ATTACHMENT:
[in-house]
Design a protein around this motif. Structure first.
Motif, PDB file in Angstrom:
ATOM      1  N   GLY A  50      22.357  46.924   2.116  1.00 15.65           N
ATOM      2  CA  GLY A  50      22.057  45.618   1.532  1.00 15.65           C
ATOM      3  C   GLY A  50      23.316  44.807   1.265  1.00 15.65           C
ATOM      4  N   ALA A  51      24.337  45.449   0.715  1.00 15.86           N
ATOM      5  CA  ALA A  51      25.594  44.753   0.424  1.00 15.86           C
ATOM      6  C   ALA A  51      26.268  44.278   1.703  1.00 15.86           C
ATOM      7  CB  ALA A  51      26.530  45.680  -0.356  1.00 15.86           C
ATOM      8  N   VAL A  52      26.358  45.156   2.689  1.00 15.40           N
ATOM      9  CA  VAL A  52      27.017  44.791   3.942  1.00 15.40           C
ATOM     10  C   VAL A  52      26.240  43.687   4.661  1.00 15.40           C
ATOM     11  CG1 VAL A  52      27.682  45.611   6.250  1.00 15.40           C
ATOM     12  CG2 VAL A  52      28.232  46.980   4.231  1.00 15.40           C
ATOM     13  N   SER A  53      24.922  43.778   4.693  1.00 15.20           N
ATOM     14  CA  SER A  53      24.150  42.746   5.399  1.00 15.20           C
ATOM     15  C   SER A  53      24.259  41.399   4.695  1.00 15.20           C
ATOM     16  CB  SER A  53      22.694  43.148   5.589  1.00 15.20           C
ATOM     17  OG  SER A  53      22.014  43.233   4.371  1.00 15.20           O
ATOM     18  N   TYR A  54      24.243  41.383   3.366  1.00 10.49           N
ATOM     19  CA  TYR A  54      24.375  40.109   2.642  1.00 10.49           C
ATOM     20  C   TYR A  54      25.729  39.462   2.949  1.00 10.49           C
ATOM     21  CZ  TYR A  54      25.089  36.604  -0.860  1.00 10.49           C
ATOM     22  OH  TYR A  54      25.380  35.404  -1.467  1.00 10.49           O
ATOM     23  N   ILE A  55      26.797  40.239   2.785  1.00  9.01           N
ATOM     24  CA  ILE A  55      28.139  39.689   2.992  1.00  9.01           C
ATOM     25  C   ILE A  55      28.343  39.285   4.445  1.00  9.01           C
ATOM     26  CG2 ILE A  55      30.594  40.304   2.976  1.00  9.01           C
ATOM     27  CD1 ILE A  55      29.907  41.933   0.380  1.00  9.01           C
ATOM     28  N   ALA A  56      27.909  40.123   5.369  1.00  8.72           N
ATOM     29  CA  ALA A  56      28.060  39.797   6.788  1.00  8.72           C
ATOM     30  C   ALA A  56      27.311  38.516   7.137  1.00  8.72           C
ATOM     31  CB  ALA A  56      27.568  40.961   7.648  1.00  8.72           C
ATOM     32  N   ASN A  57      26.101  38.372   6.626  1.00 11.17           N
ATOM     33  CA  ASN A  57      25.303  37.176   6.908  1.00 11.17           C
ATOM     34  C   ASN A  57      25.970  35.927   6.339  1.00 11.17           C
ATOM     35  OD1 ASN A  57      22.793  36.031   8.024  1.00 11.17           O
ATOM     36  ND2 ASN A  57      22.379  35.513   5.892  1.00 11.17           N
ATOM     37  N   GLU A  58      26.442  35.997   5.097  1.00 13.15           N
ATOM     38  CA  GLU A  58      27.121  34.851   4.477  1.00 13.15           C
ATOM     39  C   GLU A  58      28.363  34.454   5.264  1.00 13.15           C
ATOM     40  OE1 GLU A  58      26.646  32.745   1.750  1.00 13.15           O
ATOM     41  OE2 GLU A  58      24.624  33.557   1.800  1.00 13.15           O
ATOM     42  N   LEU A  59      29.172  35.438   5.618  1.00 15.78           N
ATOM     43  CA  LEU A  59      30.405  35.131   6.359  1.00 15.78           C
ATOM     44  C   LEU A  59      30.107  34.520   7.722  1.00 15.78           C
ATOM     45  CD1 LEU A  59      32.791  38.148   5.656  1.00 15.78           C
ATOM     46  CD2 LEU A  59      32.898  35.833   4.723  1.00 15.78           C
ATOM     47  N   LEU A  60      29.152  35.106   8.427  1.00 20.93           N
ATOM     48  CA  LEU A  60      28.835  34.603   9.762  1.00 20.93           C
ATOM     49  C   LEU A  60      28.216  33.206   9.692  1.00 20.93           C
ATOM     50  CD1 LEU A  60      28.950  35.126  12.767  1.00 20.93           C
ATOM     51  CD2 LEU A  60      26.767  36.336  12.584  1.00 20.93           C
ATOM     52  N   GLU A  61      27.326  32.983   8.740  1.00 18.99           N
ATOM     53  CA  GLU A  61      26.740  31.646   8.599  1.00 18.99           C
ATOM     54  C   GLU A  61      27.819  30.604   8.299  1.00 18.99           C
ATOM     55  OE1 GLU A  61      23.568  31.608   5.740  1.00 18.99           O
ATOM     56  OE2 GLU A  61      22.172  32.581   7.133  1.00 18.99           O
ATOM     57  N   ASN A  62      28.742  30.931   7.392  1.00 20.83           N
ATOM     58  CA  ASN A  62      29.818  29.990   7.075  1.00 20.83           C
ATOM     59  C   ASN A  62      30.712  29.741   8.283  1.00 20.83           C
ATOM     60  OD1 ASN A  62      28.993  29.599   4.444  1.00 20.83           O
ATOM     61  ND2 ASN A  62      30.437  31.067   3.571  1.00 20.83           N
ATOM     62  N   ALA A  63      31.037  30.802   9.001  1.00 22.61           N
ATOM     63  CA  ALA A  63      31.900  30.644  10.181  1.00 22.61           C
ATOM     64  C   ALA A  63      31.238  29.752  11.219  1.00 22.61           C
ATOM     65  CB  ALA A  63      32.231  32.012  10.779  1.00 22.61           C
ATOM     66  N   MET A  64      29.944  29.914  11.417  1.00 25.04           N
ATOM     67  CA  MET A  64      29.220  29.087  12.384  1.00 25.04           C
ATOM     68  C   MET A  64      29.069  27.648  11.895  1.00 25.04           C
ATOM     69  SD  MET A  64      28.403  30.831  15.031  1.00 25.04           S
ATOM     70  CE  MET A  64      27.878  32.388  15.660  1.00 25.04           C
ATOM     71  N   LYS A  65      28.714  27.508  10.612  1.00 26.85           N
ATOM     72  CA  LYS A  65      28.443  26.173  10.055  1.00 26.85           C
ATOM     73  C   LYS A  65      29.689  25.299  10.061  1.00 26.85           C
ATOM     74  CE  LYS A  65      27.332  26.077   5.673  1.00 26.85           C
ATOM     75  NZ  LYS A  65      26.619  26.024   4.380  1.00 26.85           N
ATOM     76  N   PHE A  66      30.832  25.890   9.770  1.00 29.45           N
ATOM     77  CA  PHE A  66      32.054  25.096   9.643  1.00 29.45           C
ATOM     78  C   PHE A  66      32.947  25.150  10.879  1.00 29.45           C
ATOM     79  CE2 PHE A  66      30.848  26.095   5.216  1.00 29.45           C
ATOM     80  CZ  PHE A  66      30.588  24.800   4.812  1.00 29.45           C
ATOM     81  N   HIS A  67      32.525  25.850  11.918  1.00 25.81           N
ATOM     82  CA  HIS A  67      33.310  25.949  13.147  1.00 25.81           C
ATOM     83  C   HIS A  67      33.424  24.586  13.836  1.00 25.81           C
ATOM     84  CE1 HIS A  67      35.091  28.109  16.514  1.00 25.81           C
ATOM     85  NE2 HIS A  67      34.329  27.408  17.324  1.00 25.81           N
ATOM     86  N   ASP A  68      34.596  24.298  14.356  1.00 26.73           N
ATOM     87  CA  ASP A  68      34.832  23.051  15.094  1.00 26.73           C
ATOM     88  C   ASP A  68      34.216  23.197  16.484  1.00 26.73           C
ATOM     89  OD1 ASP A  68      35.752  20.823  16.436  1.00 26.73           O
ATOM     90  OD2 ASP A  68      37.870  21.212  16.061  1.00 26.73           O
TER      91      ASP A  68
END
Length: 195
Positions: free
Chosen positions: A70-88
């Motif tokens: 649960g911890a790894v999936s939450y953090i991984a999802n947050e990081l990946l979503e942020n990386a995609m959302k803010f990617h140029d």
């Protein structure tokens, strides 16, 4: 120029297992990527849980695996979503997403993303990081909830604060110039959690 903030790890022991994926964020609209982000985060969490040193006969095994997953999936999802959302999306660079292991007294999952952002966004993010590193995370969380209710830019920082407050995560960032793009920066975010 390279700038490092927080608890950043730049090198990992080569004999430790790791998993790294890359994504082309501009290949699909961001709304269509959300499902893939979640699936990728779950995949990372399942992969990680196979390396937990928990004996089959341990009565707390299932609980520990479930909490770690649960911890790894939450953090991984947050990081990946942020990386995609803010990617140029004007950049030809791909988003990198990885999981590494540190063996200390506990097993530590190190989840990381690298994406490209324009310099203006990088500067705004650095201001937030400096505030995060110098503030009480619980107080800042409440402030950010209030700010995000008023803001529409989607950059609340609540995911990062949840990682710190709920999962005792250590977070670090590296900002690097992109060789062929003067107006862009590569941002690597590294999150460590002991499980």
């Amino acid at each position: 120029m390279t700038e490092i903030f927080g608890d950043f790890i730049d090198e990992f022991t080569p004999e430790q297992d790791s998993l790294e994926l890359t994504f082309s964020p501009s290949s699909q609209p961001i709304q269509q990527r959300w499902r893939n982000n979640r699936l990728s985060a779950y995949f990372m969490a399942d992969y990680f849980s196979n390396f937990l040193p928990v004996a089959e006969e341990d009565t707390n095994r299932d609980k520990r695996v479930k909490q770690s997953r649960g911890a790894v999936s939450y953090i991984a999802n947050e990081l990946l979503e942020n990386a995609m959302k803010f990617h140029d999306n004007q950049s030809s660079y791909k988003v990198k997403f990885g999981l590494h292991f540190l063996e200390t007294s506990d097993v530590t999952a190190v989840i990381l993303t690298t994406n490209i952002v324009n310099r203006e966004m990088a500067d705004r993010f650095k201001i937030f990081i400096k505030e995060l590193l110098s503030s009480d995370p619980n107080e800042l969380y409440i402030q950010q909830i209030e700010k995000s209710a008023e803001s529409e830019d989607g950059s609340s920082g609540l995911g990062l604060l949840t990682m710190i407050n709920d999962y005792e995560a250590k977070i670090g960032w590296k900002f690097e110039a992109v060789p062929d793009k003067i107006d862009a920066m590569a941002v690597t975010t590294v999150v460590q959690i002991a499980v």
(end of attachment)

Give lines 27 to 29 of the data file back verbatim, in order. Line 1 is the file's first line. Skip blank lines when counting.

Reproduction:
ATOM     24  CA  ILE A  55      28.139  39.689   2.992  1.00  9.01           C
ATOM     25  C   ILE A  55      28.343  39.285   4.445  1.00  9.01           C
ATOM     26  CG2 ILE A  55      30.594  40.304   2.976  1.00  9.01           C